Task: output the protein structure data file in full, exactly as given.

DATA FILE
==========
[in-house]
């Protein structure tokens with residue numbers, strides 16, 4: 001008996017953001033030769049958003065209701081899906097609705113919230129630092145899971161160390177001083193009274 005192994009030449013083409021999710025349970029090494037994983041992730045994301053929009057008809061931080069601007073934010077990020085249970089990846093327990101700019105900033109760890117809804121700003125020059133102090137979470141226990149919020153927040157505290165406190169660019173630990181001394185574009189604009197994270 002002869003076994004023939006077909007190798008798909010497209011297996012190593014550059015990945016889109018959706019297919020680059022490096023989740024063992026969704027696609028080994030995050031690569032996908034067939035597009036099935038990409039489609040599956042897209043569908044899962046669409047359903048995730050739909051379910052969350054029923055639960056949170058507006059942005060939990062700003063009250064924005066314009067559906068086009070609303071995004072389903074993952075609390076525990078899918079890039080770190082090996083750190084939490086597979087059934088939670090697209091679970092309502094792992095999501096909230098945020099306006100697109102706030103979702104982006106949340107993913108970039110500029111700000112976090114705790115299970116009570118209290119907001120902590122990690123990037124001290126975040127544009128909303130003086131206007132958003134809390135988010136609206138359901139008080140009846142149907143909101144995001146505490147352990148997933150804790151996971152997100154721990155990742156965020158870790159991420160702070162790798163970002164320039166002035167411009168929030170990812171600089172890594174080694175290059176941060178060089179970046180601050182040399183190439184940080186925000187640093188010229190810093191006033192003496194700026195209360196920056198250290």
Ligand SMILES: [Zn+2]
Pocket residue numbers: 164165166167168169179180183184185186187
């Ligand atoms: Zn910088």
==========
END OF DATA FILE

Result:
[in-house]
């Protein structure tokens with residue numbers, strides 16, 4: 001008996017953001033030769049958003065209701081899906097609705113919230129630092145899971161160390177001083193009274 005192994009030449013083409021999710025349970029090494037994983041992730045994301053929009057008809061931080069601007073934010077990020085249970089990846093327990101700019105900033109760890117809804121700003125020059133102090137979470141226990149919020153927040157505290165406190169660019173630990181001394185574009189604009197994270 002002869003076994004023939006077909007190798008798909010497209011297996012190593014550059015990945016889109018959706019297919020680059022490096023989740024063992026969704027696609028080994030995050031690569032996908034067939035597009036099935038990409039489609040599956042897209043569908044899962046669409047359903048995730050739909051379910052969350054029923055639960056949170058507006059942005060939990062700003063009250064924005066314009067559906068086009070609303071995004072389903074993952075609390076525990078899918079890039080770190082090996083750190084939490086597979087059934088939670090697209091679970092309502094792992095999501096909230098945020099306006100697109102706030103979702104982006106949340107993913108970039110500029111700000112976090114705790115299970116009570118209290119907001120902590122990690123990037124001290126975040127544009128909303130003086131206007132958003134809390135988010136609206138359901139008080140009846142149907143909101144995001146505490147352990148997933150804790151996971152997100154721990155990742156965020158870790159991420160702070162790798163970002164320039166002035167411009168929030170990812171600089172890594174080694175290059176941060178060089179970046180601050182040399183190439184940080186925000187640093188010229190810093191006033192003496194700026195209360196920056198250290």
Ligand SMILES: [Zn+2]
Pocket residue numbers: 164165166167168169179180183184185186187
């Ligand atoms: Zn910088």